SOLIDWORKS Motion Simulation Contacts
One of the many misunderstood elements of correctly setting up a SOLIDWORKS Motion Simulation study is the definition of solid body contacts. We see and experience contact conditions every day and don’t give them a second thought. When it comes to translating that wealth of experience into a computer model, many SOLIDWORKS Motion users initially get it wrong. Hopefully these next few paragraphs will demystify SOLIDWORKS Motion contacts.
The first scenario is quite simple and even new SOLIDWORKS Motion users get this one correct. When inserting a 3D Contact into the study, only two bodies are selected. Take a look at the screen capture of the SOLIDWORKS Motion Contacts Property Manager. In this scenario, the first selection effectively becomes ‘Set 1’ and the second selection becomes ‘Set 2’. To SOLIDWORKS Motion, the ‘Material 1’ definition applies to the first body while the ‘Material 2’ definition applies to the second body. Since only one contact between the two selected bodies can occur, this is a simple element to set up. In the picture the wheel (first selection) assumes the properties of dry rubber while the ground (second selection) is analyzed as dry steel.
The second scenario is slightly more complex. Here there are more than two unique assembly components selected for the 3D Contact. When the body selection includes more than two selections, there is an assumed potential contact between each selected component. As far as SOLIDWORKS Motion is concerned, whether or not they could come into contact with one another is irrelevant. In the picture I selected the four wheels followed by the ground. Each wheel is mated to the axle of the vehicle with a hinge mate. It is not possible that any of the four tires will ever come into contact with one another using this mate scheme. SOLIDWORKS Motion, however, indicates that ten possible contact conditions could occur. The material definitions for both Set 1 and 2, though different, would not be correctly applied to the tires or ground. Fortunately there is a way to correctly set up this 3D contact.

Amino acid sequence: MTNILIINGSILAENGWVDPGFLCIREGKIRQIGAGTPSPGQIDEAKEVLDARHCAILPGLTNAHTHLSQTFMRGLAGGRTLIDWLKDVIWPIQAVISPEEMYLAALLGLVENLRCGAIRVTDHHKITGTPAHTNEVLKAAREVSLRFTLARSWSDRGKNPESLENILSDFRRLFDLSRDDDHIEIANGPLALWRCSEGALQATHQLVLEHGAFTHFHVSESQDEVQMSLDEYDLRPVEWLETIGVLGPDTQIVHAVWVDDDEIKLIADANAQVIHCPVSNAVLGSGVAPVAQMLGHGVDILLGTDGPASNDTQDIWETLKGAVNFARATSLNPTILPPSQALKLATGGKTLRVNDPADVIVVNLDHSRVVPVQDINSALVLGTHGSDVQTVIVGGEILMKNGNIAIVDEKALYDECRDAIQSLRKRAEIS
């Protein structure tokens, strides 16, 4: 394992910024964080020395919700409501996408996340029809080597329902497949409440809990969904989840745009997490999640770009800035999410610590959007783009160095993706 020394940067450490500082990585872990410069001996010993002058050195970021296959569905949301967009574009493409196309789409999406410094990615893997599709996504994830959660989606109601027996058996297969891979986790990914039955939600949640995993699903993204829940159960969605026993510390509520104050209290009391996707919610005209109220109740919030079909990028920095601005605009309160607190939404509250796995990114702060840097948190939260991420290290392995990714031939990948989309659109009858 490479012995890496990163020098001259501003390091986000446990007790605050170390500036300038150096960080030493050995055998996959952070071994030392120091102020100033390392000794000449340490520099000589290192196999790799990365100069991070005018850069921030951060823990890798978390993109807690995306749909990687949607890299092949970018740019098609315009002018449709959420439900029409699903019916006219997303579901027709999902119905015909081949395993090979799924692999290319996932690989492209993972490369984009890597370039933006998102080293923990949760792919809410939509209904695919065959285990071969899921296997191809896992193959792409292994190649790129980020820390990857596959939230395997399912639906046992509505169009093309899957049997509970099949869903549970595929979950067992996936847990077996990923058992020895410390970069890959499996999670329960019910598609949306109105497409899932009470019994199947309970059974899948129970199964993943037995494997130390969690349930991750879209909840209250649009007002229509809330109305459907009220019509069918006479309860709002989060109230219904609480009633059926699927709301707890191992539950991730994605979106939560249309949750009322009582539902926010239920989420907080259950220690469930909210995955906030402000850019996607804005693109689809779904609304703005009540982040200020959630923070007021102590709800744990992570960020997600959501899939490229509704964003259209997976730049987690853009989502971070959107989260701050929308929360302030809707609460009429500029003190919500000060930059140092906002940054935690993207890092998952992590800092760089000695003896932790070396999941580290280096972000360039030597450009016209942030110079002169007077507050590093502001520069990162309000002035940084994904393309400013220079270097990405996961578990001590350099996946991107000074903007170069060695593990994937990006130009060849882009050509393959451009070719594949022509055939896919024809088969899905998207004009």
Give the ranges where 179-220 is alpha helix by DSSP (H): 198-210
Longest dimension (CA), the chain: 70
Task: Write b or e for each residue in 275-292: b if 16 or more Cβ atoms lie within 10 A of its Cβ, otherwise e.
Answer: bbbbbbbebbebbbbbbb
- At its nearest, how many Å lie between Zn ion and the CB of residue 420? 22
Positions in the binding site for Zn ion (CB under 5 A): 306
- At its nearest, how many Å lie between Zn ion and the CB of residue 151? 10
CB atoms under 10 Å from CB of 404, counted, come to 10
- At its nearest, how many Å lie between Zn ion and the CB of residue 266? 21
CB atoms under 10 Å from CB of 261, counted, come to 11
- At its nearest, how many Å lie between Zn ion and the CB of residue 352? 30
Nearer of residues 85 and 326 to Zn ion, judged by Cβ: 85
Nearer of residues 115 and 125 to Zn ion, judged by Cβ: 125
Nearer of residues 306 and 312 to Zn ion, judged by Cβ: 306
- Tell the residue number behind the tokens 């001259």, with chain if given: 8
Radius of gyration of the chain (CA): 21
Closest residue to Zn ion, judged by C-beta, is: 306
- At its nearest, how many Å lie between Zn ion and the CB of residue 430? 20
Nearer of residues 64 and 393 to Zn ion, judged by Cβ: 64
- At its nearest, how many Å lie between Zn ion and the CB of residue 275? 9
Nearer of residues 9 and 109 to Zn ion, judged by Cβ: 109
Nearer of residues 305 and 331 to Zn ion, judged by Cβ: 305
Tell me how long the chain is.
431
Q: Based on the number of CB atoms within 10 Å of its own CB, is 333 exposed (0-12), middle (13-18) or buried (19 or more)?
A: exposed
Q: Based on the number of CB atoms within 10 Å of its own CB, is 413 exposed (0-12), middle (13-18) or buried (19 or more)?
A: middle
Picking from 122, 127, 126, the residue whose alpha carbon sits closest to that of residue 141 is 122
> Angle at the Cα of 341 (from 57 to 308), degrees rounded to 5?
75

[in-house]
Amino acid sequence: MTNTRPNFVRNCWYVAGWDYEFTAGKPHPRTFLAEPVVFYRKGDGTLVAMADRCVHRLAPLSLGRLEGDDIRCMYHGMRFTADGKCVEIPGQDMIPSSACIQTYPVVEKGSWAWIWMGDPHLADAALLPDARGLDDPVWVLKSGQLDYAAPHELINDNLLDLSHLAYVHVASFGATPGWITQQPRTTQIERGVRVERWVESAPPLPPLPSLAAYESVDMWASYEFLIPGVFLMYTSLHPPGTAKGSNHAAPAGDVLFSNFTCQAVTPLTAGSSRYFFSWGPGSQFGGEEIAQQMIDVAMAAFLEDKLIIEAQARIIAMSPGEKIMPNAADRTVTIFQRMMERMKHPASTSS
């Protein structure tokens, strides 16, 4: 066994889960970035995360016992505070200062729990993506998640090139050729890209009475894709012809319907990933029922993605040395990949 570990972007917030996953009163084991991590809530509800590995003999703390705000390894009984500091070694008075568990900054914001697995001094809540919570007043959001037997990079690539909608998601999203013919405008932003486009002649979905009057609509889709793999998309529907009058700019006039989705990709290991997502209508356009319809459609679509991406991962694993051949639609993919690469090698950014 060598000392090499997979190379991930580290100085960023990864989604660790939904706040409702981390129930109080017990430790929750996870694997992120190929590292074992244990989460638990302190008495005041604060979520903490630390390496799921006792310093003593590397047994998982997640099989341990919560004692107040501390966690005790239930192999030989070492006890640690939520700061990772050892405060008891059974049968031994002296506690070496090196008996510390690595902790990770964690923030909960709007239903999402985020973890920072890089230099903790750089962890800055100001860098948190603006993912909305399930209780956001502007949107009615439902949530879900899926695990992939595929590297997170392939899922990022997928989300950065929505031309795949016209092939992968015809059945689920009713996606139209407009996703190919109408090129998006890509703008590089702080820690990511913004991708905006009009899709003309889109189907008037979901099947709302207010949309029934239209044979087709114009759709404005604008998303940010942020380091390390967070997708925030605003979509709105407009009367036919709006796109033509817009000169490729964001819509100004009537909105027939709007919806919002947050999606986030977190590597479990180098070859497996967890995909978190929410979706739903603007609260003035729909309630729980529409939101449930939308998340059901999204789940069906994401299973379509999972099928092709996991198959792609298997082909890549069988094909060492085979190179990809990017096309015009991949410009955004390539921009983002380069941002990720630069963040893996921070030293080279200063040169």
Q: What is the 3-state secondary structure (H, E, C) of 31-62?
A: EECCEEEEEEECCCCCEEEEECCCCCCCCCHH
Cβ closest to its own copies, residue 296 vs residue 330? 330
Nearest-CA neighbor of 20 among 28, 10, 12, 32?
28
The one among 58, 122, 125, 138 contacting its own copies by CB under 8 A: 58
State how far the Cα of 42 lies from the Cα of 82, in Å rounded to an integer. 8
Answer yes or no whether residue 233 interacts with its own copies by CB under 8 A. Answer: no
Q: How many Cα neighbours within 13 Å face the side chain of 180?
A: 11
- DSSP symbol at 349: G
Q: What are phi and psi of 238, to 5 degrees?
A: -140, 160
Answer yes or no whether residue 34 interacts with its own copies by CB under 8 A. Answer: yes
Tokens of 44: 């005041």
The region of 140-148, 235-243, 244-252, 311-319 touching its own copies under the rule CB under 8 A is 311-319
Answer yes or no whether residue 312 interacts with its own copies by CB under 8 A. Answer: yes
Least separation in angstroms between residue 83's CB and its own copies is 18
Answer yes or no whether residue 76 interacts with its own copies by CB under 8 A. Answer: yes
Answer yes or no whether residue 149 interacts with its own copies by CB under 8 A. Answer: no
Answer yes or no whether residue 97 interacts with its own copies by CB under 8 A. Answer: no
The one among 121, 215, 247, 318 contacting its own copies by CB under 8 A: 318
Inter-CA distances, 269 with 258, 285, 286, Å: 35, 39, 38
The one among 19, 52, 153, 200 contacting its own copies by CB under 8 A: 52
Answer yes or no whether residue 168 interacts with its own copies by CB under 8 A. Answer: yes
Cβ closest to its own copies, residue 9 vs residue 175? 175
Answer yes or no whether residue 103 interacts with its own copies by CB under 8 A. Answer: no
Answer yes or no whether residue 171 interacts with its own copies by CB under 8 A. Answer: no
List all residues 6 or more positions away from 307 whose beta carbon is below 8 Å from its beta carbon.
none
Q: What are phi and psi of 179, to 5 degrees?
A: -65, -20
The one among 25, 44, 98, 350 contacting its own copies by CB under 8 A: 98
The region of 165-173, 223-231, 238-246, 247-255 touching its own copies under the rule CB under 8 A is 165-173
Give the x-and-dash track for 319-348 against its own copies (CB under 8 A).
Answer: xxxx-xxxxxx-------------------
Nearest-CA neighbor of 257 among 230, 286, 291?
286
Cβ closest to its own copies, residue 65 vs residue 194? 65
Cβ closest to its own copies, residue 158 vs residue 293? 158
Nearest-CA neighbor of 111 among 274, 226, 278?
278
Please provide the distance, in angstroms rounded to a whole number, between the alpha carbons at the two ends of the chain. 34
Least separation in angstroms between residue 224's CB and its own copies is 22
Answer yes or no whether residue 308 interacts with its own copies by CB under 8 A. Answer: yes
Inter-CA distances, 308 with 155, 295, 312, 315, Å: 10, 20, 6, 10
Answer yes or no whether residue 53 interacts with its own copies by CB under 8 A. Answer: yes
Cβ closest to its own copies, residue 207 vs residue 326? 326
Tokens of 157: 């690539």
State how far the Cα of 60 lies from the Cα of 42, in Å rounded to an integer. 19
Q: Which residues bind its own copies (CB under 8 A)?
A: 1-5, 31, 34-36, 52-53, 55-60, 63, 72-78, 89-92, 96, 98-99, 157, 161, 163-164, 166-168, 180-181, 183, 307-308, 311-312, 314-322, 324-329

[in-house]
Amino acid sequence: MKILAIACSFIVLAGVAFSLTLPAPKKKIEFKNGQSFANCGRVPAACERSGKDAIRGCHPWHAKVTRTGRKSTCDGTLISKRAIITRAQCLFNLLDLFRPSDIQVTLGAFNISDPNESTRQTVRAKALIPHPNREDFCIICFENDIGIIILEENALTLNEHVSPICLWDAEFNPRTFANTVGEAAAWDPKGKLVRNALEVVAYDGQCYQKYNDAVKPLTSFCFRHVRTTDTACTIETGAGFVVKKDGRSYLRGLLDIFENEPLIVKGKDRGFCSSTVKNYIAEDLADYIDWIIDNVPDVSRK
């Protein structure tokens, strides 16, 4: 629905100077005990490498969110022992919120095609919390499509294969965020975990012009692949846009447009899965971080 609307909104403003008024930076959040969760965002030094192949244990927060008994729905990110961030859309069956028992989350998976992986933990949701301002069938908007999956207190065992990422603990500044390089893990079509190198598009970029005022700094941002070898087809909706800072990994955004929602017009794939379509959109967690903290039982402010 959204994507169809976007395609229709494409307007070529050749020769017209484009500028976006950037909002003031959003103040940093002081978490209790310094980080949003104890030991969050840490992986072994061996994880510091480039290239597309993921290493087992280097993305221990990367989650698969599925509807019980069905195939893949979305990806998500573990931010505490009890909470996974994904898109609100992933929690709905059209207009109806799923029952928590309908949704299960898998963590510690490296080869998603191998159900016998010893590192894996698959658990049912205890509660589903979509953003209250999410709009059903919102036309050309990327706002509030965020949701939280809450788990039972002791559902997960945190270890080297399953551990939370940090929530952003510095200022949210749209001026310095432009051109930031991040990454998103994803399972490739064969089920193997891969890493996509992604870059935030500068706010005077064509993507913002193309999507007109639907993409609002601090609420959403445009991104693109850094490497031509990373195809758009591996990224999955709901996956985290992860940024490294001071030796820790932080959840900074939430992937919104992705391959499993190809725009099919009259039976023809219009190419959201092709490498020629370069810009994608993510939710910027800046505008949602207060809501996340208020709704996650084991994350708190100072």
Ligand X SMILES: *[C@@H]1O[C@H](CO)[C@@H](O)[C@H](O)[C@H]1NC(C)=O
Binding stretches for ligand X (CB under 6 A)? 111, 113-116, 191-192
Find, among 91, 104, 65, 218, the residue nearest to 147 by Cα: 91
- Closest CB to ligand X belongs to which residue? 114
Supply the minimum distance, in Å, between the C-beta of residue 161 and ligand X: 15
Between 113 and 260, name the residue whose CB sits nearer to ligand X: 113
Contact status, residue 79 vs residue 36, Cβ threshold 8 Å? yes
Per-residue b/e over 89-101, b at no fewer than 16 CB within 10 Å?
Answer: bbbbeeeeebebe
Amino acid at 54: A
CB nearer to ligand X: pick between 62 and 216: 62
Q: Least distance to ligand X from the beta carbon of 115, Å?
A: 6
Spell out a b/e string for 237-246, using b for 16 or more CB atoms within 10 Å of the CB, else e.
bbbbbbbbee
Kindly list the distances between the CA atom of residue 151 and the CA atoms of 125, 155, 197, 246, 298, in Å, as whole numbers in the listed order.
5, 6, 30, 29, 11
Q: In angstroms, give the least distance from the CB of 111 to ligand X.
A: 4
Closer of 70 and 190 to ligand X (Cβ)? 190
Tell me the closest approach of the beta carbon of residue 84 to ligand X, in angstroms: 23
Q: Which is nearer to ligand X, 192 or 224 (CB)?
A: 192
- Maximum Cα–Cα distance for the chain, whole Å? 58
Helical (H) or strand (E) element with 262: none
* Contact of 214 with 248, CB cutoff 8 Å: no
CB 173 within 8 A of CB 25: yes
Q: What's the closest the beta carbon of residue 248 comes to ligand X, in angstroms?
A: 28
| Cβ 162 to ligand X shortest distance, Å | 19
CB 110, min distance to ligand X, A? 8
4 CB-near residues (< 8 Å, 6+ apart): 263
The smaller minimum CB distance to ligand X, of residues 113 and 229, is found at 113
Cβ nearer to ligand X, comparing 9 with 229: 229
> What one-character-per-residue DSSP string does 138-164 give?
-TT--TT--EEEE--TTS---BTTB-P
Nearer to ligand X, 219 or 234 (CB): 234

The correct SOLIDWORKS Motion setup for a 3D Contact between multiple components is to select the option ‘Use contact groups’. By utilizing this option, all four of the tires can be selected as ‘Group 1 Components’ while the ground will be the only selection for ‘Group 2 Components’. Notice that SOLIDWORKS Motion correctly reports that there are four contact pairs with this 3D contact definition. Using the contact groups option there are no contacts calculated between the bodies in each group. The only contacts that are calculated are between the body selections for each contact set. Also, the ‘Material 1’ and ‘Material 2’ definition will be correctly assigned.
The next time you are setting up a SOLIDWORKS Motion study, you will have confidence that the 3D contacts definition is correct. Now go make your products better with SOLIDWORKS Simulation!